I love stories. I make a living out of telling them. They are useful communication tools, great for illustrating ideas. I use them for that purpose every day. Stories are indeed powerful, and they serve an important purpose in human interaction.
Another truth is that we all have a story. We have all seen things, and lived life. We were not born into our present circumstances. It took a journey to get you where you are today, and that journey is your story.For some of us, our story is a rags-to-riches tale. For others, it’s a survival story. For some, it’s a romance story, for others, a tragedy. For many of us, our story is a comedy, but for some, it’s a cautionary tale, to warn others not to make the mistakes we made.
Now, we have already established that stories serve a purpose, so I guess the question is: what are you doing with your story?
Very often, we believe the experiences we have been through – especially the negative ones – are to be kept secret, and never shared with a soul. What would the neighbours think of you in your range rover if they knew you once scrubbed toilets in a mental hospital?How mortifying would it be if anyone at work discovered that you once had hole-in-heart surgery? Wouldn’t you just die if someone discovered that you once went bankrupt? I bet the ground would just have to open up and swallow you if it ever came out that you’ve been to jail, right?
My friends, your private business is your private business, and you ultimately choose what to share and what to keep secret. What I would like to suggest for your consideration is that your story happened for a reason. You have beaten the odds and become the success that you are today. You have triumphed over adversity and left your past far behind you. But is that where it belongs?
When you bump into young people who are going through the exact circumstances you survived all those years ago, you just look at them with a glint of wisdom in your eye and smile on silently, while they fumble and blunder their way through problems that you could solve in your sleep. All because you think your history must remain a mystery.
I was reading the new testament the other evening, and in one of Paul’s letters, he was talking about the importance of evangelism. Going out and spreading the word of God. Many Christians – myself included – find that the hardest thing to do. Memorizing scripture and cross-referencing themes and all those clever things preachers do? I mean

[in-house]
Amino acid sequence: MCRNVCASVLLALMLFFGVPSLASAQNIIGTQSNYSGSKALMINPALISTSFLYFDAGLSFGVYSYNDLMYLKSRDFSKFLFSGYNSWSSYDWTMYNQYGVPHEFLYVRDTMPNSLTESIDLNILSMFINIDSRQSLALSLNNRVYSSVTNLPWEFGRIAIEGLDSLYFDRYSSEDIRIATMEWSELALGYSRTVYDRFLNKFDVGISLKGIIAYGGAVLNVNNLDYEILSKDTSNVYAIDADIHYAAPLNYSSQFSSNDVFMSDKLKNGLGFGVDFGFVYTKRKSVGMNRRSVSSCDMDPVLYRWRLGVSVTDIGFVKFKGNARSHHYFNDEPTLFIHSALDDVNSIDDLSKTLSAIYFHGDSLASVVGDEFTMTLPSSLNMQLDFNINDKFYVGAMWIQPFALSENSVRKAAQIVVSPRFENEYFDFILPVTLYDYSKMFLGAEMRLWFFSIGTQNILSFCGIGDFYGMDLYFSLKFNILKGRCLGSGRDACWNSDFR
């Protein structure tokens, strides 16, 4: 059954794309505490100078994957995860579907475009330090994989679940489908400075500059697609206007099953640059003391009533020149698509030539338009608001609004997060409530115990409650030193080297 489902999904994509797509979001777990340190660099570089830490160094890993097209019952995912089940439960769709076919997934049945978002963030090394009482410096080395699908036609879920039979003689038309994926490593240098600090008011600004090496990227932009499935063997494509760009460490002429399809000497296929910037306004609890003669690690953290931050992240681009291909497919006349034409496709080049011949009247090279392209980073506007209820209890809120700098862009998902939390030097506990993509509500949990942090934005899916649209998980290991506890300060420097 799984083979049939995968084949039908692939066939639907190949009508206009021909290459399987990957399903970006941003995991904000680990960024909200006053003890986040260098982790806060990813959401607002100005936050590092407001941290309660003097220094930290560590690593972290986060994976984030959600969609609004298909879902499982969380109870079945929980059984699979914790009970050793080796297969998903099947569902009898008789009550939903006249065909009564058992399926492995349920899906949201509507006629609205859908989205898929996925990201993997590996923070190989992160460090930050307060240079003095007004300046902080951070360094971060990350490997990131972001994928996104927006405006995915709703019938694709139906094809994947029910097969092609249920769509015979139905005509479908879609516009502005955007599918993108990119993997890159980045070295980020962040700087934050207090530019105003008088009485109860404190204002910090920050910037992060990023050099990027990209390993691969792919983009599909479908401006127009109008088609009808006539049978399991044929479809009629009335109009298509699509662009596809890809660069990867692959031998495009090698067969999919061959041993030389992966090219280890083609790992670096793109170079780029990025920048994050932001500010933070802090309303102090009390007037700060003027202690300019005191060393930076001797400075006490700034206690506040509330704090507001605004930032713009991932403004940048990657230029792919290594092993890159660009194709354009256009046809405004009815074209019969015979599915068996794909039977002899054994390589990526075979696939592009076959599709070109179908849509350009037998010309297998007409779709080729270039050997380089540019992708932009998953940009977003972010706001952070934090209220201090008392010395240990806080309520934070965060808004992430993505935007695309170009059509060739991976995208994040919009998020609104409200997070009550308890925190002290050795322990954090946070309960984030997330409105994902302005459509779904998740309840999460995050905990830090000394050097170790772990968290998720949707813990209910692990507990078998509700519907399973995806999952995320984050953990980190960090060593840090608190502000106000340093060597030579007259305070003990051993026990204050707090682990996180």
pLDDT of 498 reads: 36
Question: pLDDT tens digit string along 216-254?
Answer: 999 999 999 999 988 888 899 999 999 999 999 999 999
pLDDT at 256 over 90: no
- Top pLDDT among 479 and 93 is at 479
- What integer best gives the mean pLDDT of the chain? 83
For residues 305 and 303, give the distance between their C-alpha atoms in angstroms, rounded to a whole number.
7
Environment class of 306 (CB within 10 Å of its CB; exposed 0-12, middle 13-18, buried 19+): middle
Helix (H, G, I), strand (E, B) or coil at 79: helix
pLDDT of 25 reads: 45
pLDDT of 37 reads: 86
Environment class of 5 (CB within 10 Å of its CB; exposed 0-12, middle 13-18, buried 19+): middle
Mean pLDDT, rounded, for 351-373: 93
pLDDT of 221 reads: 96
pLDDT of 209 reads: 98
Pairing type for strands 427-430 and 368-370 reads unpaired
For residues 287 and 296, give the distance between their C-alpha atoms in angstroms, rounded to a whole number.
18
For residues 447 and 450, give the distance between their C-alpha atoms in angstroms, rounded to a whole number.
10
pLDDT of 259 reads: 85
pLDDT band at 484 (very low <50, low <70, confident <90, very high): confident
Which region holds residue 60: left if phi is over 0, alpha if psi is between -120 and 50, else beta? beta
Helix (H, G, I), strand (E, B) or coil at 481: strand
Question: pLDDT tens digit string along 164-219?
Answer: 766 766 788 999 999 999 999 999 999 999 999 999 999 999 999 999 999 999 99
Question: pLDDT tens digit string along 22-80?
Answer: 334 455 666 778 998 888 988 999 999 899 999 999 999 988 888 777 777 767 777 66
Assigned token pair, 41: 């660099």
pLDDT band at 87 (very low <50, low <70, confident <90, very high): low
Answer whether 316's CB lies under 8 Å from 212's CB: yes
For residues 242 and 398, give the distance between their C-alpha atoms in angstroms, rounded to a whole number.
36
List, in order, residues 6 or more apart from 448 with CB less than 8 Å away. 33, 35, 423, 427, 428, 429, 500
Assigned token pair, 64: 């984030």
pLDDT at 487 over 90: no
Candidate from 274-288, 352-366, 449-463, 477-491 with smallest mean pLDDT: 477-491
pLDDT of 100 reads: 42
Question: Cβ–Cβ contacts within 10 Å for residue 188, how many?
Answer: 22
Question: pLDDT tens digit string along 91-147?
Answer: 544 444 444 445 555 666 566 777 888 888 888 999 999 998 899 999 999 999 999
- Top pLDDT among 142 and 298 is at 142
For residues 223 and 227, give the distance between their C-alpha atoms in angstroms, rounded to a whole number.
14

True, my story is my business, and I must protect my privacy… but then, is it really MY story? Is your glory really YOUR story? Do you own the copyright to the events by which God blessed you? Does God want His blessings in your life to be a secret? Does He want you to hide His glory under a bushel? Did He not bring you out of the valley and place you on high ground for all to see? Did He not drag you out of sickness, out of poverty, out of bondage to your present position of prosperity? Is this how we wish to thank Him? By pretending it never happened?
My friends, your story happened for a reason. Your story has a purpose. It’s up to you, what you want to do with it, but I urge you to use it to bless others.
Yesterday, on the show, we spoke to an official of the GDA. In seeking to illustrate a point, he asked my permission to make reference to the fact that I am diabetic. He was being polite, because he wasn’t sure whether I’d want it mentioned or not. The truth is, I take every opportunity to talk about the fact that I have diabetes – especially the story of how I became diabetic. It’s a personal story. I don’t have to share it. But I always want to. If even one person hears it and is moved enough to change their unhealthy lifestyle, then it will be worth it.
Don’t get me wrong, I understand the fear of judgement and embarrassment when people discover your past, but let me remind you that whatever your story, you’re in good company. Multi-billionaire Oprah Winfrey once scrubbed toilets in a mental home, Bill Clinton had Quadruple Bypass heart surgery, Richard Branson has been bankrupt four times, and Nelson Mandela spent 27 years in prison. Do you still feel embarrassed?
My name is Kojo Yankson, and I’ll tell you my story, because it just might be to your glory.
GOOD MORNING, GHANAFO